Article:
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Smoke rises from the site where a Puerto Rico Air National Guard cargo plane crashed near Savannah, Georgia, in this still...

Investigators search for cause of deadly cargo plane crash in Georgia

PORT WENTWORTH, Ga. — Military investigators began the arduous task Thursday of answering why a C-130 Hercules cargo plane dropped from the sky to crash on a Georgia highway as families of nine Puerto Rican airmen grieved Thursday over the deaths of an experienced crew killed amid the fiery wreckage.

There were no survivors when the C-130 Hercules transport plunged to the ground near Savannah, Georgia, missing motorists and buildings Wednesday. The plane was long a part of the fleet of Puerto Rico’s Air National Guard and had rescued and resupplied U.S. citizens after last year’s hurricanes. It crashed soon after taking off on what was supposed to have been its final flight.

The crash caused an explosion that scattered debris from the huge aircraft across an area roughly 600 feet (183 meters) in diameter, leaving only the tail section intact amid chunks of debris in the middle of Georgia Highway 21. A military officer told reporters Thursday investigators were on the scene, but he offered no preliminary findings.

“It’s extremely important for us to understand what has happened,” said Col. Pete Boone, vice commander of the 165th Airlift Wing of the Georgia Air National Guard. He said investigators would use “every resource at our disposal to properly identify a cause.”

The aging C-130 was assigned to airmen from the Puerto Rico Air National Guard, and the crash happened as they left Savannah/ Hilton Head International Airport en route to Arizona on what was supposed to be the aircraft’s final flight.

Boone said the plane had received “routine maintenance” while in Savannah. He did not know if the crew made a distress call to air traffic controllers after takeoff.

All nine airmen on board had been confirmed dead, Boone said. The military made their names public Thursday afternoon.

The military plane crash site is seen in Savannah, Georgia, in this picture obtained from social media. Photo by @IAFF574 via Reuters

The military plane crash site is seen in Savannah, Georgia, in this picture obtained from social media. Photo by @IAFF574 via Reuters

The pilot was identified as Maj. Jose Rafael Roman, who hailed from the coastal town of Manati along Puerto Rico’s north coast. The mayor of that town, Jose Sanchez, told The Associated Press that Roman had two sons and his wife is five months pregnant with a girl.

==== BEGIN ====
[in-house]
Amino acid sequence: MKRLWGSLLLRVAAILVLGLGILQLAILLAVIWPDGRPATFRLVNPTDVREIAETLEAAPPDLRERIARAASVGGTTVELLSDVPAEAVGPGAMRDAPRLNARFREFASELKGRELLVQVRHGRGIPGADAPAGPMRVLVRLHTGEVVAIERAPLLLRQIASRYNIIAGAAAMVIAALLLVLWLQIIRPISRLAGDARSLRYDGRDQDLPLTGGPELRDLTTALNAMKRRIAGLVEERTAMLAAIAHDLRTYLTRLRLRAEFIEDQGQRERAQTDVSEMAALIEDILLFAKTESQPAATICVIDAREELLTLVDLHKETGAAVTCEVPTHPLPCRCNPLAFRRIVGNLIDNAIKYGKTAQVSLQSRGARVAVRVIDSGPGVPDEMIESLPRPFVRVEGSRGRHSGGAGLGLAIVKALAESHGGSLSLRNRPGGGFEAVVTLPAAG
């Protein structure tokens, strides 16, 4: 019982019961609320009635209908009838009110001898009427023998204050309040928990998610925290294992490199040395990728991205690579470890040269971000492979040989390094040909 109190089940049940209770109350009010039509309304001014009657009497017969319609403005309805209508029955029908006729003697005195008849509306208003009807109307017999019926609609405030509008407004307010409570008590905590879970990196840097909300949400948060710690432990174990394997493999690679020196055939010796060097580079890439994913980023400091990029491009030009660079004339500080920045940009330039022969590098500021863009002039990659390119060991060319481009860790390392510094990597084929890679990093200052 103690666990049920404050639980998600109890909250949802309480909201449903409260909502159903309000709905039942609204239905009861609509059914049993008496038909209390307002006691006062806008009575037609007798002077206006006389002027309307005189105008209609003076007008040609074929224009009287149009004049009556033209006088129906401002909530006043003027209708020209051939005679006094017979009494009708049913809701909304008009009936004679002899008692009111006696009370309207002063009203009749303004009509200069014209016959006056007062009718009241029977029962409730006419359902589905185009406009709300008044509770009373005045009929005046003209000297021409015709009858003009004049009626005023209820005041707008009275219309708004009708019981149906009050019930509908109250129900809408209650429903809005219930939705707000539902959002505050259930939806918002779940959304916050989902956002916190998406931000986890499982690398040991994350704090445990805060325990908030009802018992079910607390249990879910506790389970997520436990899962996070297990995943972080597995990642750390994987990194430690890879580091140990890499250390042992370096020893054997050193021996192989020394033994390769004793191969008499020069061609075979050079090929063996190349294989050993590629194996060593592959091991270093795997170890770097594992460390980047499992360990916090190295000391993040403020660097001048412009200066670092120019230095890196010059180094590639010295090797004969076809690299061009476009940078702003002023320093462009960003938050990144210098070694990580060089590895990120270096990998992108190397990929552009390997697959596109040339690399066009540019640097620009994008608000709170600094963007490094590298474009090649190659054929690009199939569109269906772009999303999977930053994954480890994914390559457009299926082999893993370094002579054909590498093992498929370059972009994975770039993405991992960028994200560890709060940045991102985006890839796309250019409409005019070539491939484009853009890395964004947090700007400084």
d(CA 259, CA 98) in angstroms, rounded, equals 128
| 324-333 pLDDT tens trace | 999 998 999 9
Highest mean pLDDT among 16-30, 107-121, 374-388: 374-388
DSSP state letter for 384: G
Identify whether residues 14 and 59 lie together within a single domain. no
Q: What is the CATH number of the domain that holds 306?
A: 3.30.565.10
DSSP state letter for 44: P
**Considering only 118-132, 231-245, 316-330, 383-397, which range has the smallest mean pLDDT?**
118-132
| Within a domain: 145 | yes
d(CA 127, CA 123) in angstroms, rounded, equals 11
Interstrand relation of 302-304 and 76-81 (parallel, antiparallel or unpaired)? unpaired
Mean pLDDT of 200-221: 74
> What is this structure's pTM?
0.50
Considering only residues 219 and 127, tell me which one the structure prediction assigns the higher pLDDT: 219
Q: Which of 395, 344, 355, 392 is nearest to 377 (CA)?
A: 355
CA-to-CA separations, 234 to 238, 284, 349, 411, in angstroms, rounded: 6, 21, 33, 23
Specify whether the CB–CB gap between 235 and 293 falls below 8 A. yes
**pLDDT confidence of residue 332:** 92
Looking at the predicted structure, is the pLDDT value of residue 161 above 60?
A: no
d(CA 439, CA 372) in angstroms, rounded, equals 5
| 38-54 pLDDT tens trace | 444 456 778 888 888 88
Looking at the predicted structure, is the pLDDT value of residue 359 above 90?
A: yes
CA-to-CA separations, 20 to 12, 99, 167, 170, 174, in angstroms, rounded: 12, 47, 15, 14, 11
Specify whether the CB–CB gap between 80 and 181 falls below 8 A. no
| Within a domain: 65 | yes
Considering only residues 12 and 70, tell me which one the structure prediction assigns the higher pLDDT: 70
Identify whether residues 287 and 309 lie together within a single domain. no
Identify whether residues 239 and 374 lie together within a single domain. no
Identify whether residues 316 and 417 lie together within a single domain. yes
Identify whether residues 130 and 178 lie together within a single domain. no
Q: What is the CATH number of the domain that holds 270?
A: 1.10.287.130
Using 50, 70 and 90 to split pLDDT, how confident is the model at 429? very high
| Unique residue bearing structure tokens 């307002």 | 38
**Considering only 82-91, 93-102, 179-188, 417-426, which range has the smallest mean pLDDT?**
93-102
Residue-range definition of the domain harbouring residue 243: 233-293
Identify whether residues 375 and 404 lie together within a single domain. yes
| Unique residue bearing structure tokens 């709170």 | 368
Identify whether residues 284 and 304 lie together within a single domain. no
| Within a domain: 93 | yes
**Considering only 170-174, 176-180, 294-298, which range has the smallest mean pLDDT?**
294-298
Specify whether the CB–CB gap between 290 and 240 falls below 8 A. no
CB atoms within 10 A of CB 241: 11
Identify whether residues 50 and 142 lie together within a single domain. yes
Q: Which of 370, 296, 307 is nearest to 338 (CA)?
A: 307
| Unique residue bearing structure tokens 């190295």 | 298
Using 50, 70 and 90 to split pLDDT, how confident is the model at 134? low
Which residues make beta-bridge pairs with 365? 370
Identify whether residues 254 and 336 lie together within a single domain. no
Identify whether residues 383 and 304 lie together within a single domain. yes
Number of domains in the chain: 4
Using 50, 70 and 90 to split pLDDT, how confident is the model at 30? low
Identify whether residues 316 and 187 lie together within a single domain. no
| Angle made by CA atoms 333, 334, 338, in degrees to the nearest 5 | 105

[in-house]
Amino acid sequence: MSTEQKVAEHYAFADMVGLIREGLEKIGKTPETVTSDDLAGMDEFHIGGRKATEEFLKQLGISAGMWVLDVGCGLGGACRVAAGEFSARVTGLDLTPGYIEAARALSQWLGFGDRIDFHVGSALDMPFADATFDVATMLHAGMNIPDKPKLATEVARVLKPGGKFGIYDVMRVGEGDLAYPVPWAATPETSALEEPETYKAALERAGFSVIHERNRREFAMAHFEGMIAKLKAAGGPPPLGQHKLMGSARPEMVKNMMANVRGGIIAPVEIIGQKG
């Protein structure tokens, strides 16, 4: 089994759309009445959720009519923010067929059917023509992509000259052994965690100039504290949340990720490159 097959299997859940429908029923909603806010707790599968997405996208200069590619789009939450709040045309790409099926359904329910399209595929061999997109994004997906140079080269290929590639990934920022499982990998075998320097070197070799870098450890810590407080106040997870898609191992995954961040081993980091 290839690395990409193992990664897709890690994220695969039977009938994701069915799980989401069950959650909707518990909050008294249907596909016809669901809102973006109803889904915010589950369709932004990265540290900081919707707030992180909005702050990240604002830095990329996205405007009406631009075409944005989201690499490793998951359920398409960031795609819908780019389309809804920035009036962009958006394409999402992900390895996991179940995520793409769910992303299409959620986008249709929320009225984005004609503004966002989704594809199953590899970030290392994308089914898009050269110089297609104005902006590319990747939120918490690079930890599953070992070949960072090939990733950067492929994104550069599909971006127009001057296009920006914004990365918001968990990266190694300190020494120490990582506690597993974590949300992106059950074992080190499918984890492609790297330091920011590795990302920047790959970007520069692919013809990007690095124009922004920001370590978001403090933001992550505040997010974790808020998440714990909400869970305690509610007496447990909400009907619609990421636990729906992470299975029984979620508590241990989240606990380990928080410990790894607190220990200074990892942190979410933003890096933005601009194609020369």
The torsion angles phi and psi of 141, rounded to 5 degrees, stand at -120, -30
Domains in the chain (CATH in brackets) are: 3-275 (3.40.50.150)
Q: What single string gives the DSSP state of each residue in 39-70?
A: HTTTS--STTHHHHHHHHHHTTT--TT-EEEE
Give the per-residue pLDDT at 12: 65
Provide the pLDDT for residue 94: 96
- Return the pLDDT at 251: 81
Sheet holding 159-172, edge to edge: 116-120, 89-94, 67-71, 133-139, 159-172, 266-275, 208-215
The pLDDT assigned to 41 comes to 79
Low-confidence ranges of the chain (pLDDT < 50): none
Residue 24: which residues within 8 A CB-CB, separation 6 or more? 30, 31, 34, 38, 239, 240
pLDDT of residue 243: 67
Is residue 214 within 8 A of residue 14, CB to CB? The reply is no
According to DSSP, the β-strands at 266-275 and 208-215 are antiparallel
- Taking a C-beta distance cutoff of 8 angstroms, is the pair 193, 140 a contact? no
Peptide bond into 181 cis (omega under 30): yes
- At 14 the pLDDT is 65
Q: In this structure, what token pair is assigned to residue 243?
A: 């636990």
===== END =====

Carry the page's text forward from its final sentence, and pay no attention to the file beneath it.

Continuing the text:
“The town is in mourning,” Sanchez said.

Carlos Narvaez, a newspaper sports editor who was Roman’s close childhood friend, told the AP that Roman was nicknamed “Rotor” because he loved all things with a motor that go fast. He said 43-year-old Roman was president of his high school class and worked at a company that manufactured aluminum windows before joining the National Guard in the mid-2000s after graduating as a pilot in Memphis, Tennessee.

In December, Narvaez said Roman raised concerns about the age of the planes they were using.

“He told me, ‘We’re using the oldest planes of the entire United States of America,'” Narvaez recalled.

Jeremy Roman, the pilot’s youngest son, said in a statement that he was extremely proud of his father: “You’re a hero, and you’re my hero, and I want everyone to know I’m very proud of you.”

The plane was being flown into retirement in Arizona, reducing Puerto Rico’s National Guard fleet to five similar planes, two of which need maintenance and aren’t being used, said Adjutant Gen. Isabelo Rivera, commander of the Puerto Rico National Guard.

Though Rivera had initially said the aircraft was more than 60 years old, but Puerto Rico Air National Guard spokesman Maj. Paul Dahlen said Thursday that was a mistake and the plane was manufactured in the early 1970s. That would make it more than 40 years old.

Meanwhile, the military identified the plane’s navigator as Maj. Carlos Perez Serra and its co-pilot as 1st Lt. David Albandoz.

Also killed were Senior Master Sgt. Jan Paravisini, a mechanic; Master Sgt. Jean Audriffred; Master Sgt. Mario Brana, a flight engineer; Master Sgt. Victor Colon; Master Sgt. Eric Circuns, a loadmaster; and Senior Airman Roberto Espada.

All nine crew members had helped with hurricane recovery efforts as part of the 198th Fighter Squadron, nicknamed the Bucaneros, which flies out of Base Muniz in the northern coastal city of Carolina, Rivera said. The squadron used the plane to rescue Americans from the British Virgin Islands after Hurricane Irma, and later supplied food and water to Puerto Ricans desperate for help after Hurricane Maria.

Coto reported from Manati, Puerto Rico.